Page last updated at 20:24 GMT, Friday, 16 April 2010 21:24 UK

Volcanic ash: Flight chaos to continue into weekend

Extent of Iceland volcano ash cloud

The volcanic eruption in Iceland on Wednesday night sent plumes of ash thousands of feet into the air. The cloud has spread across the UK to Europe.
The spread of the ash cloud at 20-30,000ft raised concerns for air safety, forcing at least 12 countries to restrict or halt flights in their airspace.
The eruptions from the Eyjafjallajoekull volcano continue to pump out ash clouds sporadically, which means the disruption is set to continue.
Although the cloud is too high to pose a health risk, people with breathing problems have been advised to take extra care if it falls to ground level.
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Flights across much of Europe will be severely disrupted well into Saturday because of drifting ash ejected from a volcano in Iceland, officials say.

Much of the airspace across northern and western Europe is closed, with fewer than half the usual number of flights expected to operate on Friday.

Hundreds of thousands of passengers have been affected by the restrictions amid the worst travel chaos since 9/11.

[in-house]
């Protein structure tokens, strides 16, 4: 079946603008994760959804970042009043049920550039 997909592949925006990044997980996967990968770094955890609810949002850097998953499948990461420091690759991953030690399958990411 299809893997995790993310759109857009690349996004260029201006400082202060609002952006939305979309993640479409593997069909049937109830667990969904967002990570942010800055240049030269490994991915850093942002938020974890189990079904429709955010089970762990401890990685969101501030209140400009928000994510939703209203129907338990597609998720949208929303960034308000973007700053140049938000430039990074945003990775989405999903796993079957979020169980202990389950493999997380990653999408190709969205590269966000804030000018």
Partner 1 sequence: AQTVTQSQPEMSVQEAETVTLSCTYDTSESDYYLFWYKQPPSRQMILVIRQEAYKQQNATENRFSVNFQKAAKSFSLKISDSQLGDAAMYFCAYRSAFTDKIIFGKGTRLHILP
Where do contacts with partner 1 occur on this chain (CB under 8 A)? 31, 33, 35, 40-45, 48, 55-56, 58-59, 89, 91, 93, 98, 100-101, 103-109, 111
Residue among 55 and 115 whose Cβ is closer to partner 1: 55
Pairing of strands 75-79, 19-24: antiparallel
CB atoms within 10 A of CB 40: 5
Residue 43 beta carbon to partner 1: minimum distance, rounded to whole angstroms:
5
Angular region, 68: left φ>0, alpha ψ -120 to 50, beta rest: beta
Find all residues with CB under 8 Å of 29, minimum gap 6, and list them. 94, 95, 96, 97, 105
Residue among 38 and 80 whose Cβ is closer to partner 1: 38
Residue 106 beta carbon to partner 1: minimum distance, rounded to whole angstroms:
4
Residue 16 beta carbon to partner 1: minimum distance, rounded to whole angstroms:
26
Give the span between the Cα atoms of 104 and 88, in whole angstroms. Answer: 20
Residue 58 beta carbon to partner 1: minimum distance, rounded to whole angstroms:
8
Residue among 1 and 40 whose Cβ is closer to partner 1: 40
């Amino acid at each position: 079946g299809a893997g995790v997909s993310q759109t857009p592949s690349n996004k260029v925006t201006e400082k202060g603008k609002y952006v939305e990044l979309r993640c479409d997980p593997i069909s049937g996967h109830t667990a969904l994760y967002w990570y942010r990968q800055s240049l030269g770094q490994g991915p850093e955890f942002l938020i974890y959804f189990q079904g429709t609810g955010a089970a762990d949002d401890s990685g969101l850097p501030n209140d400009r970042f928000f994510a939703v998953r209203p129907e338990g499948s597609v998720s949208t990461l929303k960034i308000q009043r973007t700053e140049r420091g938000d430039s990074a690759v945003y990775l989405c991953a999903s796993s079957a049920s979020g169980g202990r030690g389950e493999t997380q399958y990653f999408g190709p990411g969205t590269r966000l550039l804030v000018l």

Scientists say the volcano is still erupting but producing less ash.

More countries imposed either full or partial airspace closures on Friday, while some northern regions began to relax restrictions as the ash cloud slowly drifted south.

Among the latest developments:

Airspace closed:
Czech Republic
Hungary (from 1700 GMT)
Switzerland (from 2200 GMT)
Partial closures:
Austria (closures from 1600 GMT)
France (northern airspace)
Germany (most airports closed)
Italy (Rome's Fiumicino airport affected; Alitalia cancels raft of flights)
Norway (limited flights in north)
Poland (all but Rzeszow airport closed)
Republic of Ireland (most airspace opened Friday)
Sweden (northern airspace opened Friday)
UK (near-total closure)

  • Restrictions currently in place across UK controlled airspace will stay until at least 1200 GMT on Saturday, officials say
  • Ryanair cancels all flights in northern Europe until 1300 GMT on Monday
  • British Airways cancels all flights in and out of London airports on Saturday
  • Hungary said it would shut its airspace from 1900 (1700 GMT)
  • Switzerland said it would follow suit from midnight (2200 GMT)
  • Romania said it would close airspace over the north-west of the country from 0300 (0000 GMT) on Saturday

The UK's National Air Traffic Service (Nats) said trans-Atlantic flights would be able to operate to and from the re-opened airspace, but stressed this did not mean all such flights would resume.

The disruption has affected hundreds of thousands of travellers since Wednesday when the Eyjafjallajokull volcano began erupting for the second time in a month, hurling a plume of ash 11km (seven miles) into the atmosphere.

The cancellations also threaten to affect the funeral on Sunday of Polish President Lech Kaczynski, who was killed in a plane crash last Saturday, with the attendance of many world leaders now uncertain.